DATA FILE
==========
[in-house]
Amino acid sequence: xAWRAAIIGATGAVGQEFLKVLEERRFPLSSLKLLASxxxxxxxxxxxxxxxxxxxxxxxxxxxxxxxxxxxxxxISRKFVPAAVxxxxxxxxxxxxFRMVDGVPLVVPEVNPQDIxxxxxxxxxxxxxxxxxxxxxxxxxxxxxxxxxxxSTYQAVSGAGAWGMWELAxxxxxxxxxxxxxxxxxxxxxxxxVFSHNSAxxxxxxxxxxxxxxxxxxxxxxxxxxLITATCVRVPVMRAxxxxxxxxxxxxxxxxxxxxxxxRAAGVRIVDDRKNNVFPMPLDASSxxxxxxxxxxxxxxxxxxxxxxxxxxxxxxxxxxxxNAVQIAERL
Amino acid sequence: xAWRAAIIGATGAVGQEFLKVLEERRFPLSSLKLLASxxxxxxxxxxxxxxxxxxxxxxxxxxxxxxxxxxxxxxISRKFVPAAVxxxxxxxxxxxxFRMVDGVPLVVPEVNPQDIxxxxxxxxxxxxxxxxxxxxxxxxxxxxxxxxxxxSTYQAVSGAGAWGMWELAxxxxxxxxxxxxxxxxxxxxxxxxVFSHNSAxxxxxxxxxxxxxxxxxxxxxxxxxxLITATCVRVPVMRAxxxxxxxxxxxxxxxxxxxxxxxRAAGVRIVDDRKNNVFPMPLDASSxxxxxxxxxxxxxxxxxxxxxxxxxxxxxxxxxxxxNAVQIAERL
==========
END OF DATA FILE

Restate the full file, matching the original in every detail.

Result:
[in-house]
Amino acid sequence: xAWRAAIIGATGAVGQEFLKVLEERRFPLSSLKLLASxxxxxxxxxxxxxxxxxxxxxxxxxxxxxxxxxxxxxxISRKFVPAAVxxxxxxxxxxxxFRMVDGVPLVVPEVNPQDIxxxxxxxxxxxxxxxxxxxxxxxxxxxxxxxxxxxSTYQAVSGAGAWGMWELAxxxxxxxxxxxxxxxxxxxxxxxxVFSHNSAxxxxxxxxxxxxxxxxxxxxxxxxxxLITATCVRVPVMRAxxxxxxxxxxxxxxxxxxxxxxxRAAGVRIVDDRKNNVFPMPLDASSxxxxxxxxxxxxxxxxxxxxxxxxxxxxxxxxxxxxNAVQIAERL
Amino acid sequence: xAWRAAIIGATGAVGQEFLKVLEERRFPLSSLKLLASxxxxxxxxxxxxxxxxxxxxxxxxxxxxxxxxxxxxxxISRKFVPAAVxxxxxxxxxxxxFRMVDGVPLVVPEVNPQDIxxxxxxxxxxxxxxxxxxxxxxxxxxxxxxxxxxxSTYQAVSGAGAWGMWELAxxxxxxxxxxxxxxxxxxxxxxxxVFSHNSAxxxxxxxxxxxxxxxxxxxxxxxxxxLITATCVRVPVMRAxxxxxxxxxxxxxxxxxxxxxxxRAAGVRIVDDRKNNVFPMPLDASSxxxxxxxxxxxxxxxxxxxxxxxxxxxxxxxxxxxxNAVQIAERL